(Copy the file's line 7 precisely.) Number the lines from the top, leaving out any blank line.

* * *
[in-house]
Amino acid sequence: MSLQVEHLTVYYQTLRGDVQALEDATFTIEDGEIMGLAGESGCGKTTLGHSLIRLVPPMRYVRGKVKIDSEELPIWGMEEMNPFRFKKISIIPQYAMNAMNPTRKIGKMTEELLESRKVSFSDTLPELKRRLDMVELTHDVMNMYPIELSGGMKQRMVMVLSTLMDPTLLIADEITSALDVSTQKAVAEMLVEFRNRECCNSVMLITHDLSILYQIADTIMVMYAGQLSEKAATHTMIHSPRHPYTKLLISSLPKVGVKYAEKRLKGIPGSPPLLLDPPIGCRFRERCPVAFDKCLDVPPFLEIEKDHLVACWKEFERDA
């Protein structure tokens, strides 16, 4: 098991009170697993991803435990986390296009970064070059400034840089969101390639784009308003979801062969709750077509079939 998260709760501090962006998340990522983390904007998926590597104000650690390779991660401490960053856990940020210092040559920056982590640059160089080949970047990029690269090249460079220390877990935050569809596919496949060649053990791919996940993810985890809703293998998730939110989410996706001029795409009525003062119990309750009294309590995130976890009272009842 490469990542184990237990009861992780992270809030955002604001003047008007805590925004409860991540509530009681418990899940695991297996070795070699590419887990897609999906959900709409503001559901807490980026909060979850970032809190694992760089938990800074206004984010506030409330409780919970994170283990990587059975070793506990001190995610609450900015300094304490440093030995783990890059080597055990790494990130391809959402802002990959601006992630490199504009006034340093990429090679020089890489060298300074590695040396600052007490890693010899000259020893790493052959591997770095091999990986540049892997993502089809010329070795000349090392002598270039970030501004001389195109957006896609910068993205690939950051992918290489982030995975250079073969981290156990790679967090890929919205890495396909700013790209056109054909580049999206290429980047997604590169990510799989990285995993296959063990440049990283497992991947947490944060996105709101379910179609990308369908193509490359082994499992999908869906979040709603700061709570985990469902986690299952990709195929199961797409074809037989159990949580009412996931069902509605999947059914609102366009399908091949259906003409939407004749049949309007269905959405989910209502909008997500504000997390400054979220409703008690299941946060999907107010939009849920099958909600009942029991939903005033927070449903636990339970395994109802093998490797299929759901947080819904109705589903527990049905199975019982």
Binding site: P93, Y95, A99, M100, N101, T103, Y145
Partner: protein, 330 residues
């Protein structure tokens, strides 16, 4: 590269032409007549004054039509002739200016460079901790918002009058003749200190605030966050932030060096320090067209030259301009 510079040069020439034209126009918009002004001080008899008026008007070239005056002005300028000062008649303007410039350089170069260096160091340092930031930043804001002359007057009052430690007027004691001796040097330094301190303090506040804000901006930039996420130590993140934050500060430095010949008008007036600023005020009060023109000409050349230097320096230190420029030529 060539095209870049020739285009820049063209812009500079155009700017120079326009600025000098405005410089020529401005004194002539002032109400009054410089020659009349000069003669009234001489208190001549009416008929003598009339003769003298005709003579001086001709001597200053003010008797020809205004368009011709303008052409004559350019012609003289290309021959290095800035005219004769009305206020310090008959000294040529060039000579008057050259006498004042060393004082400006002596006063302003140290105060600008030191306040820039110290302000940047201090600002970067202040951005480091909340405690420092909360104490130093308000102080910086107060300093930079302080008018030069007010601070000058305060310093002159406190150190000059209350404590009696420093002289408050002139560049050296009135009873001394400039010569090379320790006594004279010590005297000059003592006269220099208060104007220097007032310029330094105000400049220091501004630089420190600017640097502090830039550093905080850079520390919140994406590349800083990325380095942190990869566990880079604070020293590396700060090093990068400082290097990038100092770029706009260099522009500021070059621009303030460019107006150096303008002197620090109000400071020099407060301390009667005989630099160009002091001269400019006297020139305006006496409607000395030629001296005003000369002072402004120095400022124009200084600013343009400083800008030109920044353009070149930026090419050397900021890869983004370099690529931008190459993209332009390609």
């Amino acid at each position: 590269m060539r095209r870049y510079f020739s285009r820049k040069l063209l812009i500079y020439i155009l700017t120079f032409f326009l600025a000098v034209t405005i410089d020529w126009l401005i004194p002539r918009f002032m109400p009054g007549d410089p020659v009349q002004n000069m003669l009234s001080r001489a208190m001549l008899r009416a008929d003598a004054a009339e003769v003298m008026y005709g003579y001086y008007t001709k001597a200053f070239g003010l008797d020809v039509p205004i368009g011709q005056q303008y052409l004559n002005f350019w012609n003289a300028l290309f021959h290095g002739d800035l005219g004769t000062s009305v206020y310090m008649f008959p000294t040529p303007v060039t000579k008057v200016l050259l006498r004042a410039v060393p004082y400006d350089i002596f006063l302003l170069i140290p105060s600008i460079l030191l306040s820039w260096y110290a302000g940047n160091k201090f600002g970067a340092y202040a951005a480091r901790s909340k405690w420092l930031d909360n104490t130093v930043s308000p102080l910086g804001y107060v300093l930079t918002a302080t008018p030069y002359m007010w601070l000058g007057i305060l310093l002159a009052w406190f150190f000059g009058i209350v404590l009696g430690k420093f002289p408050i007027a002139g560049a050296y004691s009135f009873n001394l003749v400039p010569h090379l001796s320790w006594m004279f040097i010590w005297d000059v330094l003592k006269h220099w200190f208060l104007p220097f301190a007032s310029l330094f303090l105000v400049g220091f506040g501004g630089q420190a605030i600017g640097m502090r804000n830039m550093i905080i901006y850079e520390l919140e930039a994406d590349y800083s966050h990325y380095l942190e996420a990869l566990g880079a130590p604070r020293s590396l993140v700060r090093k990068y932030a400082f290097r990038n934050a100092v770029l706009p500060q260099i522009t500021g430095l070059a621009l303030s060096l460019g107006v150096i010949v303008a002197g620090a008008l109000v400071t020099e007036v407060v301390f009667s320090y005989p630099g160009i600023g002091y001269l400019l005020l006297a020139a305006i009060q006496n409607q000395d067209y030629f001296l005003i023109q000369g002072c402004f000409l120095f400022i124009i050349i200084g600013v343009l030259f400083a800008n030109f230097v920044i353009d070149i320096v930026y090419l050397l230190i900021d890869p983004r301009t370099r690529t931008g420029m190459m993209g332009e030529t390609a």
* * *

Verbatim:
């Amino acid at each position: 590269m060539r095209r870049y510079f020739s285009r820049k040069l063209l812009i500079y020439i155009l700017t120079f032409f326009l600025a000098v034209t405005i410089d020529w126009l401005i004194p002539r918009f002032m109400p009054g007549d410089p020659v009349q002004n000069m003669l009234s001080r001489a208190m001549l008899r009416a008929d003598a004054a009339e003769v003298m008026y005709g003579y001086y008007t001709k001597a200053f070239g003010l008797d020809v039509p205004i368009g011709q005056q303008y052409l004559n002005f350019w012609n003289a300028l290309f021959h290095g002739d800035l005219g004769t000062s009305v206020y310090m008649f008959p000294t040529p303007v060039t000579k008057v200016l050259l006498r004042a410039v060393p004082y400006d350089i002596f006063l302003l170069i140290p105060s600008i460079l030191l306040s820039w260096y110290a302000g940047n160091k201090f600002g970067a340092y202040a951005a480091r901790s909340k405690w420092l930031d909360n104490t130093v930043s308000p102080l910086g804001y107060v300093l930079t918002a302080t008018p030069y002359m007010w601070l000058g007057i305060l310093l002159a009052w406190f150190f000059g009058i209350v404590l009696g430690k420093f002289p408050i007027a002139g560049a050296y004691s009135f009873n001394l003749v400039p010569h090379l001796s320790w006594m004279f040097i010590w005297d000059v330094l003592k006269h220099w200190f208060l104007p220097f301190a007032s310029l330094f303090l105000v400049g220091f506040g501004g630089q420190a605030i600017g640097m502090r804000n830039m550093i905080i901006y850079e520390l919140e930039a994406d590349y800083s966050h990325y380095l942190e996420a990869l566990g880079a130590p604070r020293s590396l993140v700060r090093k990068y932030a400082f290097r990038n934050a100092v770029l706009p500060q260099i522009t500021g430095l070059a621009l303030s060096l460019g107006v150096i010949v303008a002197g620090a008008l109000v400071t020099e007036v407060v301390f009667s320090y005989p630099g160009i600023g002091y001269l400019l005020l006297a020139a305006i009060q006496n409607q000395d067209y030629f001296l005003i023109q000369g002072c402004f000409l120095f400022i124009i050349i200084g600013v343009l030259f400083a800008n030109f230097v920044i353009d070149i320096v930026y090419l050397l230190i900021d890869p983004r301009t370099r690529t931008g420029m190459m993209g332009e030529t390609a």